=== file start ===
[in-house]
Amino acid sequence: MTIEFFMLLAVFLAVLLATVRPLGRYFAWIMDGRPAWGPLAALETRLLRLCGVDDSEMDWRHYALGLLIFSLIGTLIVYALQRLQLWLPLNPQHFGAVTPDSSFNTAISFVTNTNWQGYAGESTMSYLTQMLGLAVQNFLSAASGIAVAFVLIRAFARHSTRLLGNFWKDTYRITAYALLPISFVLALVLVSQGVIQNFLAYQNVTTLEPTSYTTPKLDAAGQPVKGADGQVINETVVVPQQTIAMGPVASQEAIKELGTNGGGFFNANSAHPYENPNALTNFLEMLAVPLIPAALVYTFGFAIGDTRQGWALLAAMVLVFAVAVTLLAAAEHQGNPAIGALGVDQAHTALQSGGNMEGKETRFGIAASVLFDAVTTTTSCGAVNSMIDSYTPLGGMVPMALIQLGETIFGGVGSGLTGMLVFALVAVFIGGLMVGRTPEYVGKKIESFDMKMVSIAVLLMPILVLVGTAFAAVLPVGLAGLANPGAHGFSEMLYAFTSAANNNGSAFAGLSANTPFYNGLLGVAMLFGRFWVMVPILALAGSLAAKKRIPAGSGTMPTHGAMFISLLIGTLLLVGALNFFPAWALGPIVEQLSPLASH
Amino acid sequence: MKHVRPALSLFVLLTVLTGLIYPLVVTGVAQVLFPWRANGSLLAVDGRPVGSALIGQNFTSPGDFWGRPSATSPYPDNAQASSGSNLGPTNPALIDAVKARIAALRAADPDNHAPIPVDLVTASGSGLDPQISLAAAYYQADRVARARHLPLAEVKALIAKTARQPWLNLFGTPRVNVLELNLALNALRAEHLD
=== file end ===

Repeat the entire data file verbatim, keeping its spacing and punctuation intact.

[in-house]
Amino acid sequence: MTIEFFMLLAVFLAVLLATVRPLGRYFAWIMDGRPAWGPLAALETRLLRLCGVDDSEMDWRHYALGLLIFSLIGTLIVYALQRLQLWLPLNPQHFGAVTPDSSFNTAISFVTNTNWQGYAGESTMSYLTQMLGLAVQNFLSAASGIAVAFVLIRAFARHSTRLLGNFWKDTYRITAYALLPISFVLALVLVSQGVIQNFLAYQNVTTLEPTSYTTPKLDAAGQPVKGADGQVINETVVVPQQTIAMGPVASQEAIKELGTNGGGFFNANSAHPYENPNALTNFLEMLAVPLIPAALVYTFGFAIGDTRQGWALLAAMVLVFAVAVTLLAAAEHQGNPAIGALGVDQAHTALQSGGNMEGKETRFGIAASVLFDAVTTTTSCGAVNSMIDSYTPLGGMVPMALIQLGETIFGGVGSGLTGMLVFALVAVFIGGLMVGRTPEYVGKKIESFDMKMVSIAVLLMPILVLVGTAFAAVLPVGLAGLANPGAHGFSEMLYAFTSAANNNGSAFAGLSANTPFYNGLLGVAMLFGRFWVMVPILALAGSLAAKKRIPAGSGTMPTHGAMFISLLIGTLLLVGALNFFPAWALGPIVEQLSPLASH
Amino acid sequence: MKHVRPALSLFVLLTVLTGLIYPLVVTGVAQVLFPWRANGSLLAVDGRPVGSALIGQNFTSPGDFWGRPSATSPYPDNAQASSGSNLGPTNPALIDAVKARIAALRAADPDNHAPIPVDLVTASGSGLDPQISLAAAYYQADRVARARHLPLAEVKALIAKTARQPWLNLFGTPRVNVLELNLALNALRAEHLD